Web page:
School colors are the colors chosen by a school to represent it on uniforms and other items of identification. Most schools have two colors, which are usually chosen to avoid conflicts with other schoolswith which the school competes in sports and other activities. The colors are often worn to build morale among the teachers and pupils, and as an expression of school spirit.
School colors are typically found in pairs and rarely trios, though some professional teams use up to four colors in a set. The choice of colors usually follows the rule of tincture from heraldry, but exceptions to this rule are known.
Common primary colors include orange, purple, blue, red, and green. These colors are either paired with a color representing a metal (often black, brown, gray (or silver), white, or gold), or occasionally each other, such as "orange/blue", "red/green", or "blue/yellow". Pairing two metals, such as "black/white", "silver/gold", and especially "black/gold", is also a common practice. Finally, some American schools, in a display of patriotism, adopt the national colors of "red, white, or blue."
In an effort to further establish identity and promote a standard, many institutions often decree the use of specific shades of colors. Maroon, generally regarded as a darker shade of red, is a common primary color. Various shades of blue, from powder to Prussian, are also in use; a few schools have adopted two different shades of blue for their colors, with the darker shade serving as the primary. The shade of gold can vary greatly even within an institution, from a vivid yellow to a more convincing gold.[ citation needed ]
Black, white and gray are often used as neutral colors for sets that do not otherwise adopt them. This practice is especially notable in basketball (where home uniforms are often white) and professional baseball (where team colors are often used as trim for white or gray uniforms).[ citation needed ] School colors are typically found in pairs and rarely trios, though some professional teams use up to four colors in a set. The choice of colors usually follows the rule of tincture from heraldry, but exceptions to this rule are known.[ citation needed ]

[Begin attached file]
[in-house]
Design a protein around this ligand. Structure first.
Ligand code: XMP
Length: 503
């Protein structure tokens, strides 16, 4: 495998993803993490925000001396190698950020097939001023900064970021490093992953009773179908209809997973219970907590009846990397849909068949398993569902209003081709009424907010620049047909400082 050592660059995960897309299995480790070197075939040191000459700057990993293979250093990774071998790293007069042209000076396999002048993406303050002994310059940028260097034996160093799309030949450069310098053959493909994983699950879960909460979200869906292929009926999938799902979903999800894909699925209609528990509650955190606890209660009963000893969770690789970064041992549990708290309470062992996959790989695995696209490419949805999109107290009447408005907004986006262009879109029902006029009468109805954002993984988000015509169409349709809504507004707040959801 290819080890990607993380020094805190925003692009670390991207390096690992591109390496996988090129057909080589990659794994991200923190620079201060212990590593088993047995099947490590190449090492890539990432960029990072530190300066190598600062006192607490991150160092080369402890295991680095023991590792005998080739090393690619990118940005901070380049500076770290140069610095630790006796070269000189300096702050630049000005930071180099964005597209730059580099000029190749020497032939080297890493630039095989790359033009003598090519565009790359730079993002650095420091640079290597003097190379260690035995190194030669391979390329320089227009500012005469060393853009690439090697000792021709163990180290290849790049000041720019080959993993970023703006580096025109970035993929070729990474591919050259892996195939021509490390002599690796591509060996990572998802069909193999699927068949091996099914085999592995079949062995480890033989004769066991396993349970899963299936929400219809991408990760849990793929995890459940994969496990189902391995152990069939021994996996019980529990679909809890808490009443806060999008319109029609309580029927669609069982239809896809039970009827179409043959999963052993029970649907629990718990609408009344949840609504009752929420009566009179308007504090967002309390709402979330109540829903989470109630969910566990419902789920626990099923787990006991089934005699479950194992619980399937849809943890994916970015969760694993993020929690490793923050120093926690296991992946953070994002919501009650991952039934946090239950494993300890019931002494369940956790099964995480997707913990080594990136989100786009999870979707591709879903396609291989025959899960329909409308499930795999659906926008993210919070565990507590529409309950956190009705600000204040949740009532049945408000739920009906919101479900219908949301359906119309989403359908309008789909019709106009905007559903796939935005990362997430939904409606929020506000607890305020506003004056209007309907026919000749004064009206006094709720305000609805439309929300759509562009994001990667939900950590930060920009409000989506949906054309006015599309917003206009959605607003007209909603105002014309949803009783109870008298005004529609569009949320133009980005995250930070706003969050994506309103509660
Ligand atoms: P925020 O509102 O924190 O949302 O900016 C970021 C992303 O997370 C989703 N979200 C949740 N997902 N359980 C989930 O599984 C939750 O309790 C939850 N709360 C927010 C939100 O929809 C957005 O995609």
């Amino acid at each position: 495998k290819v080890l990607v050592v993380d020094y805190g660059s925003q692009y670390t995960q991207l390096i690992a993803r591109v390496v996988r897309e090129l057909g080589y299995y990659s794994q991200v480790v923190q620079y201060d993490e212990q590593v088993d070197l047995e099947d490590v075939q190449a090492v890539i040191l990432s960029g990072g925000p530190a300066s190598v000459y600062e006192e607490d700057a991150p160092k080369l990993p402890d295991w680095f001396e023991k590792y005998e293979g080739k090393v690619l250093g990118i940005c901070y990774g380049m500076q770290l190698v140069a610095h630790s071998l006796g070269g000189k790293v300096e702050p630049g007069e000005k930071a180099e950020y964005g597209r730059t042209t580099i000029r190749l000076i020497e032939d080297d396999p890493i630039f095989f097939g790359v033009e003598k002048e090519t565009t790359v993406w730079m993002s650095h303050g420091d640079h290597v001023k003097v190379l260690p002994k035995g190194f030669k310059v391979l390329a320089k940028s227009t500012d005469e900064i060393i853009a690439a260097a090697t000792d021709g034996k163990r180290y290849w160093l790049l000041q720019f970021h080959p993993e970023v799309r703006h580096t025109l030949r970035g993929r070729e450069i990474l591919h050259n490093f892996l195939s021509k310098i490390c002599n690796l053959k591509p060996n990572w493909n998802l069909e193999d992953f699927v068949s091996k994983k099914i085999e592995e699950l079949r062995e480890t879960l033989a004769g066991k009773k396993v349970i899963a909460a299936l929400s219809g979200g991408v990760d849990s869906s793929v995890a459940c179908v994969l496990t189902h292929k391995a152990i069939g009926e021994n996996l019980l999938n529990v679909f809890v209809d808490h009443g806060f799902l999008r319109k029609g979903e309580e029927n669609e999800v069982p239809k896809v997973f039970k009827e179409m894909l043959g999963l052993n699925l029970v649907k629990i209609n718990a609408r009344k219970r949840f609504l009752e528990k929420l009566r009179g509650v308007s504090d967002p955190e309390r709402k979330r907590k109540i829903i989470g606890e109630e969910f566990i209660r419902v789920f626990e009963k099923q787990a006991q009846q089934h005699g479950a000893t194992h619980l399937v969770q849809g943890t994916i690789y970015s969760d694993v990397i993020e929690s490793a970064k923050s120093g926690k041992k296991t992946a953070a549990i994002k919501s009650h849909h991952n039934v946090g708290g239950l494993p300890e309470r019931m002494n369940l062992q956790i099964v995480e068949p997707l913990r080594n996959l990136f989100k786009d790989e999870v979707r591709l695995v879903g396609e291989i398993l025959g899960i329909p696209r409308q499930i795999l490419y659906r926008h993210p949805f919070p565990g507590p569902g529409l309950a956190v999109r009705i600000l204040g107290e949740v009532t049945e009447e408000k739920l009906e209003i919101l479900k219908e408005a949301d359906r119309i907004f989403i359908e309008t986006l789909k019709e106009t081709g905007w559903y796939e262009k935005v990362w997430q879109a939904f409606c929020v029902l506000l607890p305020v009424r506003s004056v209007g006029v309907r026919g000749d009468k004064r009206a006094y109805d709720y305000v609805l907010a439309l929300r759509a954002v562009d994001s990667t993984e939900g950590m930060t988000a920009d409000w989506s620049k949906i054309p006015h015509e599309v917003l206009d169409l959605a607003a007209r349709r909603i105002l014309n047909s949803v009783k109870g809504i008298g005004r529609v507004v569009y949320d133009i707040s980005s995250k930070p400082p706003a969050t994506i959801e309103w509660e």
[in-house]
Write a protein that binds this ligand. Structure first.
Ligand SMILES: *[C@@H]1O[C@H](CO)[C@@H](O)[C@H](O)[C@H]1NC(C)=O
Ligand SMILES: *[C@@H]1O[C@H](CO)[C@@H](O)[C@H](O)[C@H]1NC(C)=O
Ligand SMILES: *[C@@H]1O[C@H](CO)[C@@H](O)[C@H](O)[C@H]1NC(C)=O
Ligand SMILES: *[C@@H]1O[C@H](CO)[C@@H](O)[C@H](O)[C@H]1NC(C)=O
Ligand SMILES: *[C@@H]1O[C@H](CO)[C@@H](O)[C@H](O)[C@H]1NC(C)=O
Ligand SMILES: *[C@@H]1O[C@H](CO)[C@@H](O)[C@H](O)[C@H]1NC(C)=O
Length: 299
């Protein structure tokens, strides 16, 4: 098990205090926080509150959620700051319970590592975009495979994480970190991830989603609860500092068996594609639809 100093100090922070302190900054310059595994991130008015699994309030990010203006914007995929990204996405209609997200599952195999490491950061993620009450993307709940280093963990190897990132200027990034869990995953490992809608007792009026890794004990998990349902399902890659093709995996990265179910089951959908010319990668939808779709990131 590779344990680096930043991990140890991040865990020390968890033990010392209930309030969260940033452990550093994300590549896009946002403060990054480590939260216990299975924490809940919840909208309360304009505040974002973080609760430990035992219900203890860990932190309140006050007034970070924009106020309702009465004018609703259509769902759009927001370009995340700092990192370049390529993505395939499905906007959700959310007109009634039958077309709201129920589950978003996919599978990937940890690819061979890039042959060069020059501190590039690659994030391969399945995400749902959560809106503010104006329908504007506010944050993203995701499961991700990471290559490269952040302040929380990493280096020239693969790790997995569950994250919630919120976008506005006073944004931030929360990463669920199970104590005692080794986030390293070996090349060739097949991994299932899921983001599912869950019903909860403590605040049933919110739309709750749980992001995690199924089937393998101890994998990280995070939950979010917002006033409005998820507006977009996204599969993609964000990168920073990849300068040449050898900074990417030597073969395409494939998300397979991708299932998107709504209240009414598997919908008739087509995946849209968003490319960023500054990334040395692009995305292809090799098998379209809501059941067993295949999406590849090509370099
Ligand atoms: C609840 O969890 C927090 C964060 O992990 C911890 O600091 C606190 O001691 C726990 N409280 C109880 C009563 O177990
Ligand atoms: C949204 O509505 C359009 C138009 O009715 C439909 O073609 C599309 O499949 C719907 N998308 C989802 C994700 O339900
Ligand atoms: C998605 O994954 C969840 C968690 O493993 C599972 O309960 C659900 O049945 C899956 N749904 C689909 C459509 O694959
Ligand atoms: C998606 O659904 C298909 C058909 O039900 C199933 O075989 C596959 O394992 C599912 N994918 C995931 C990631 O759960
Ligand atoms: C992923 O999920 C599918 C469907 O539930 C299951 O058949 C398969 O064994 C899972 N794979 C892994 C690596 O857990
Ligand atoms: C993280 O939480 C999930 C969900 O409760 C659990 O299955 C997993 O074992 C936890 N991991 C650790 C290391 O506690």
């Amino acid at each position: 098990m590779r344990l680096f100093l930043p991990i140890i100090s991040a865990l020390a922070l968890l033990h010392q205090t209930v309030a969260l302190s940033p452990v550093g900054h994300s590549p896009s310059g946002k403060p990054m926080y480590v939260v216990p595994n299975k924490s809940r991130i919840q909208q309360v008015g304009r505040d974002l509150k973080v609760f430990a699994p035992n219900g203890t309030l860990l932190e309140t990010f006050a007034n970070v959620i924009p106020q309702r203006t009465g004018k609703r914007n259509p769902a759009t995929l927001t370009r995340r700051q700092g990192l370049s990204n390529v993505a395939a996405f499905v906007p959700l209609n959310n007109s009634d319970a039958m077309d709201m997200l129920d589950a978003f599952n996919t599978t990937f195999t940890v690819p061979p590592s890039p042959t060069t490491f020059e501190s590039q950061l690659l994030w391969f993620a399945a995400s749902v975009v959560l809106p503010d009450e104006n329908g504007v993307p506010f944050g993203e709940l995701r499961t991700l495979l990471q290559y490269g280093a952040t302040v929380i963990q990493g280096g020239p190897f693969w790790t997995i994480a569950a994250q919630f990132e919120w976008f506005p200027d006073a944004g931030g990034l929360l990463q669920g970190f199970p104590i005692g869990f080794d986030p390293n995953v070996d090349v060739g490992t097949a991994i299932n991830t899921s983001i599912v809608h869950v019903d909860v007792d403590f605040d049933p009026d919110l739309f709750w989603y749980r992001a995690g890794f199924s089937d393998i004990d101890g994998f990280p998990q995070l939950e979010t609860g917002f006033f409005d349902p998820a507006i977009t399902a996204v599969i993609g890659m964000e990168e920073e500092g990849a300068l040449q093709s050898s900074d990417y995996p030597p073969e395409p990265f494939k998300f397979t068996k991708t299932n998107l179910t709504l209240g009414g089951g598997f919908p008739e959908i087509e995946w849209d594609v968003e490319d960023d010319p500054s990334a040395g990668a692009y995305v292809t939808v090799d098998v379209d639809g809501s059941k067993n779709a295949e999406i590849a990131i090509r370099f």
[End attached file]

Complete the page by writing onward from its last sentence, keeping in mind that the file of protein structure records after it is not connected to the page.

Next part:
Most competitive teams keep two sets of uniforms, with one emphasizing the primary color and the other emphasizing the secondary color. In some sports, such as American football, the primary color is emphasized on home uniforms, while uniforms for other sports, notably basketball, use the secondary or a neutral color at home. This is done to avoid confusing the two schools' colors.
In addition, various groups that generate support for athletic teams, including cheerleaders and marching bands, wear uniforms with the colors of their school. At many private schools, or more traditional state schools, "school colors" are awards presented for achievement in a subject or a sport.[ citation needed ]
School colors have many non-athletic purposes as well. Members of a university's community will often display them as a sign of support or spirit for their particular institution. Likewise, during college or university ceremonies, those schools which award an academic hood to their students will generally abide by the American Council on Education guidelines and use the school colors on the inside and the disciplinary colors on the outside velvet trim (regardless of the ceremony, recipients of a degree have the right to wear the hood thereafter). Some doctoral robes will also be in the colors of the university which granted the degree.
British and Irish universities traditionally have an academic scarf in the university's colors, usually long, woollen and patterned only with lengthwise stripes of varying widths. At collegiate universities such as Oxford, Cambridge, Durham and Lancaster, each college has its own colors and scarf. Other non-collegiate universities such as Glasgow and Newcastle have scarf colors for each faculty.
Brown is a composite color. In the CMYK color model used in printing or painting, brown is made by combining red, black, and yellow, or red, yellow, and blue. In the RGB color model used to project colors onto television screens and computer monitors, brown is made by combining red and green, in specific proportions. In painting, brown is generally made by adding black to orange.